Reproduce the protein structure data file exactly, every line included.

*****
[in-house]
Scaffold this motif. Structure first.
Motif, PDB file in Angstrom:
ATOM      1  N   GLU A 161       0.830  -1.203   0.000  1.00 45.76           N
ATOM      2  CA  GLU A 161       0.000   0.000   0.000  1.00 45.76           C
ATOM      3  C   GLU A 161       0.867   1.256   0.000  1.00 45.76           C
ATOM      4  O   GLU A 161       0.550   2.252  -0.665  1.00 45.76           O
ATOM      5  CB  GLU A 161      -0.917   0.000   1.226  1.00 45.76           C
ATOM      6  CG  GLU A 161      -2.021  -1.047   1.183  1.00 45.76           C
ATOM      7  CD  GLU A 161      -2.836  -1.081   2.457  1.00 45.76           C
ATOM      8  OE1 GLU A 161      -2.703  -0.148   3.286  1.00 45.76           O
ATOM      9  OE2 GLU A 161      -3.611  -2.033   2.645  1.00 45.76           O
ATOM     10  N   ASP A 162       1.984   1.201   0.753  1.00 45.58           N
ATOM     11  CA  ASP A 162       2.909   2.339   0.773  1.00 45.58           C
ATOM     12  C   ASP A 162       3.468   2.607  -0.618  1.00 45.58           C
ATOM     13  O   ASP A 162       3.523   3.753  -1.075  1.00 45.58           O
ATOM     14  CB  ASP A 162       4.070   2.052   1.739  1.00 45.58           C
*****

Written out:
[in-house]
Scaffold this motif. Structure first.
Motif, PDB file in Angstrom:
ATOM      1  N   GLU A 161       0.830  -1.203   0.000  1.00 45.76           N
ATOM      2  CA  GLU A 161       0.000   0.000   0.000  1.00 45.76           C
ATOM      3  C   GLU A 161       0.867   1.256   0.000  1.00 45.76           C
ATOM      4  O   GLU A 161       0.550   2.252  -0.665  1.00 45.76           O
ATOM      5  CB  GLU A 161      -0.917   0.000   1.226  1.00 45.76           C
ATOM      6  CG  GLU A 161      -2.021  -1.047   1.183  1.00 45.76           C
ATOM      7  CD  GLU A 161      -2.836  -1.081   2.457  1.00 45.76           C
ATOM      8  OE1 GLU A 161      -2.703  -0.148   3.286  1.00 45.76           O
ATOM      9  OE2 GLU A 161      -3.611  -2.033   2.645  1.00 45.76           O
ATOM     10  N   ASP A 162       1.984   1.201   0.753  1.00 45.58           N
ATOM     11  CA  ASP A 162       2.909   2.339   0.773  1.00 45.58           C
ATOM     12  C   ASP A 162       3.468   2.607  -0.618  1.00 45.58           C
ATOM     13  O   ASP A 162       3.523   3.753  -1.075  1.00 45.58           O
ATOM     14  CB  ASP A 162       4.070   2.052   1.739  1.00 45.58           C